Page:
Please consider subscribing to our podcast to receive a notification when a new episode is released. You can find us on Spotify, Apple Podcasts, Google Podcast, Stitcher and on YouTube. 

 Full-thickness corneal wounds occur with routine cataract surgeries, corneal transplantation, or penetrating injuries. Some complications of a corneal wound are leakage of the anterior chamber fluid resulting in low pressure and deformation of the eye. In addition, ocular surface contaminants can enter the eye’s internal sterile environment, potentially causing an infection in the interior of eye with risk of losing the sight and even the eyeball. 

 Our guest today is Dr Jackie Tan. He is a General Practitioner based in Adelaide with a passion for vision research and ophthalmology. Currently, Jack is undertaking his PhD under the supervision of Prof Stephanie Watson who is the Head of the Corneal Research Group at the University of Sydney, Save Sight Institute.  He is going to share with us part of this project on testing a new technique to close wounds in the cornea without stitches.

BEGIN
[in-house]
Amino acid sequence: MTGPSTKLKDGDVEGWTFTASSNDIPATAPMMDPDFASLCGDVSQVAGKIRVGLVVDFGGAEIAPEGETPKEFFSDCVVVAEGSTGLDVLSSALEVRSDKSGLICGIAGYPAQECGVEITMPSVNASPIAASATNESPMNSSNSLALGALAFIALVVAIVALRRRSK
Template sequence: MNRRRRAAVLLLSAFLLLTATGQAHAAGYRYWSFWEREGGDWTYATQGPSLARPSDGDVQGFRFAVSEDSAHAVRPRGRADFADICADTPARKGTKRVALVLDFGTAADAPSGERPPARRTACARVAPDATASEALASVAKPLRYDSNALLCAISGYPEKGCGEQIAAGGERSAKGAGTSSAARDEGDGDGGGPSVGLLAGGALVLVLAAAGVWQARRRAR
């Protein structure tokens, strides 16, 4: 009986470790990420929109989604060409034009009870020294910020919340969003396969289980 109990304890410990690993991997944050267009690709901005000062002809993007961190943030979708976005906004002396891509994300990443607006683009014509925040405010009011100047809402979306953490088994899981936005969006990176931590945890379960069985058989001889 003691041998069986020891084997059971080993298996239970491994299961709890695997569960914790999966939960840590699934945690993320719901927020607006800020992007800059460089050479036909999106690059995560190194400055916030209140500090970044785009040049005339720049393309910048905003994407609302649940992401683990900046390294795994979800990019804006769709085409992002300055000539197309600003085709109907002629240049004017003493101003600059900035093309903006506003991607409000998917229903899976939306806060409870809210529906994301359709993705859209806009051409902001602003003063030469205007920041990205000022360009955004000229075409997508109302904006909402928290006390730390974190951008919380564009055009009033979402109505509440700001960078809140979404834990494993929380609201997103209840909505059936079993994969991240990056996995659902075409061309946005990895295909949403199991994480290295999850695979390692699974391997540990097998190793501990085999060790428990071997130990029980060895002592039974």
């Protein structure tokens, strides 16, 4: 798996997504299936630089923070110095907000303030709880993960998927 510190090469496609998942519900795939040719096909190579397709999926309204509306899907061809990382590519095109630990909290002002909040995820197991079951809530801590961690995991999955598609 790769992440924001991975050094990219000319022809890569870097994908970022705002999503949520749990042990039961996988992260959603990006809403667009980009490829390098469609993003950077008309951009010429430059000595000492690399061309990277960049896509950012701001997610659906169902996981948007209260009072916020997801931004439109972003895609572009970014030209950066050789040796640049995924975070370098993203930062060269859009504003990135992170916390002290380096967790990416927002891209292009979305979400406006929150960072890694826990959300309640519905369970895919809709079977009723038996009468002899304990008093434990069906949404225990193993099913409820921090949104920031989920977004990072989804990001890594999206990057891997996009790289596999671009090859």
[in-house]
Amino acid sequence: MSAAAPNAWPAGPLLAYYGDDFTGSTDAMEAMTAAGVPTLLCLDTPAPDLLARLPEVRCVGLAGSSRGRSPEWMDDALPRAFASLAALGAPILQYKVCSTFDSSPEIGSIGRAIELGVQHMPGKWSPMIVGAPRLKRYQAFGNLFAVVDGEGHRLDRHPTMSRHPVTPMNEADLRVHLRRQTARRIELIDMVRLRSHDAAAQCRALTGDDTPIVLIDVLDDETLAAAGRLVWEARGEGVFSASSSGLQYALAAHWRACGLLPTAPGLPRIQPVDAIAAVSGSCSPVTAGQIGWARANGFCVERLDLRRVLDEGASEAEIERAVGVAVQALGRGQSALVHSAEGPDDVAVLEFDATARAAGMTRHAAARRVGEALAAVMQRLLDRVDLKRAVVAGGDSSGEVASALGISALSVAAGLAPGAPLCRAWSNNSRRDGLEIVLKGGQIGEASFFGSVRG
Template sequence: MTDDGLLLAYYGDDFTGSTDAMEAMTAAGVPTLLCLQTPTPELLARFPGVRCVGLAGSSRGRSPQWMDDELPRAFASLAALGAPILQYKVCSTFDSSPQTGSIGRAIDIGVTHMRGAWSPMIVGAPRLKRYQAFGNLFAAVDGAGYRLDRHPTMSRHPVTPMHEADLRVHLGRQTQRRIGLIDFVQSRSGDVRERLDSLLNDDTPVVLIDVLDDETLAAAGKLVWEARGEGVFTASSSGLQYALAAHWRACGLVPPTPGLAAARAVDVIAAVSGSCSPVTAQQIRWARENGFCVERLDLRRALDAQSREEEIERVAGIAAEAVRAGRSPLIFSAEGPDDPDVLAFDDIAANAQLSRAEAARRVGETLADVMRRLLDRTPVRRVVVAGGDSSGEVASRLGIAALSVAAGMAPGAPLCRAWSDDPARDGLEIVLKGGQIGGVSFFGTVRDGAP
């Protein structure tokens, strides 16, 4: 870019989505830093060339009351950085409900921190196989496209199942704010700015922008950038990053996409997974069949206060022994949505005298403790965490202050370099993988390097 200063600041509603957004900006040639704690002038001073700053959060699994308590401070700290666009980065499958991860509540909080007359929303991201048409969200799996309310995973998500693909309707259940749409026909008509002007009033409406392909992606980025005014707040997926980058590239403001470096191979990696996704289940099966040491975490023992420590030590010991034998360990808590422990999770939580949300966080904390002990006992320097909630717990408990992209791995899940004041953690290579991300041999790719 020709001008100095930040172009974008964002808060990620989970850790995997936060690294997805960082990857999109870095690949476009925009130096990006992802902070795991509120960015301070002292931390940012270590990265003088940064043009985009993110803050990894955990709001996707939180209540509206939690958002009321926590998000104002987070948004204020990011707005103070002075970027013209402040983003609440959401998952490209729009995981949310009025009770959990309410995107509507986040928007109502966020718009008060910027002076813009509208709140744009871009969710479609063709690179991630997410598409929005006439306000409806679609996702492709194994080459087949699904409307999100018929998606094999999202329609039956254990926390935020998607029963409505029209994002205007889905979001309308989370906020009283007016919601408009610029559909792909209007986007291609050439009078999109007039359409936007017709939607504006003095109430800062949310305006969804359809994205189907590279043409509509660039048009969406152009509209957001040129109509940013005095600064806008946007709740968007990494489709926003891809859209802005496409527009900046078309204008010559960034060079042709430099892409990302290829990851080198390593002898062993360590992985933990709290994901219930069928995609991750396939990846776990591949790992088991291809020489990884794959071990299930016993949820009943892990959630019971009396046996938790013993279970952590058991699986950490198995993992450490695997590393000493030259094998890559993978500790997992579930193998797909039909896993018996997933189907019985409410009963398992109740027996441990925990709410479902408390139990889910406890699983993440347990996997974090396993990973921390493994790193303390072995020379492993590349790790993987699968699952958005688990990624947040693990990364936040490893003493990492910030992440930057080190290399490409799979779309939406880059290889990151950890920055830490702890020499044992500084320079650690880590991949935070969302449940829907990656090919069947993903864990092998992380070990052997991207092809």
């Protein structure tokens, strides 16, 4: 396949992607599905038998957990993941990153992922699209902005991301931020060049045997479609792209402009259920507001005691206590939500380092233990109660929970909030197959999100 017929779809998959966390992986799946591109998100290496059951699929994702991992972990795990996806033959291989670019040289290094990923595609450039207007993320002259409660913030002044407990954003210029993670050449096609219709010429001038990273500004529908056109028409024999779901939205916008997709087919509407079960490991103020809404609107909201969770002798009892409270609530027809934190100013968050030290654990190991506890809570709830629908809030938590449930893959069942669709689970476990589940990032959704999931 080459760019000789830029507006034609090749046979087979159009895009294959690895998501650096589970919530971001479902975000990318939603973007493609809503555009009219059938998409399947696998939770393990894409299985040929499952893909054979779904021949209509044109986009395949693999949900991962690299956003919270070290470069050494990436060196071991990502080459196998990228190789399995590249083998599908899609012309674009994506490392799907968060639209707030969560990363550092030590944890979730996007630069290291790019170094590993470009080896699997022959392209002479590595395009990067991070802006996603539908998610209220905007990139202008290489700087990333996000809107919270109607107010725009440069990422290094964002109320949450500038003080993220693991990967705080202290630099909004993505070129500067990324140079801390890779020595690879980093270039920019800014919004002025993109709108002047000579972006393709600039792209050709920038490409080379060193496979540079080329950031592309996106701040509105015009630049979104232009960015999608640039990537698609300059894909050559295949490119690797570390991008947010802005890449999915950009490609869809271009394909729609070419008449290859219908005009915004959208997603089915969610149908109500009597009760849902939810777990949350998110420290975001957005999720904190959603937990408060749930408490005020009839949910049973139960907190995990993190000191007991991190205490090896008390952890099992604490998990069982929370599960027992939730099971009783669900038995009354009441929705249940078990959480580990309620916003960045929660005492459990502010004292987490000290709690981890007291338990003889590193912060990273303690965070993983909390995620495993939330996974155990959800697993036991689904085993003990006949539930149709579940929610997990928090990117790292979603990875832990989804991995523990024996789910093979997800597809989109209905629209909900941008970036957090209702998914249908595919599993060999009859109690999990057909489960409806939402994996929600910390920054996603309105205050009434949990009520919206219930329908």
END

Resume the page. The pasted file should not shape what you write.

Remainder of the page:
MC: Hi Jack. Thanks so much for joining us in our show today. 

 Jackie Tan (JT): Pleasure. 

 MC: Jack, I’ve known you for some years now and heard that your project is about a new technique to close corneal wounds without stitches. Can you tell us how this technique works?  

 JT: Yeah. So it all stands from the fact that corneal sutures are highly skilled dependent, take years to learn and to perfect it, and they're still snaps, you know, they cost a lot of troubles. I suppose we will be using corneal sutures so long we know how well it works and how it wholly works. So we want to have a new technology to circumvent this a difficulty we have in the clinical field. And so well, we investigated this technology, which obviously not not not my I did not invent it, I'm not that smart, but one of our professors came up with this technology and probably part of the team to investigate this technique to overcome sutures in corneal surgery. So that that's my research in a nutshell.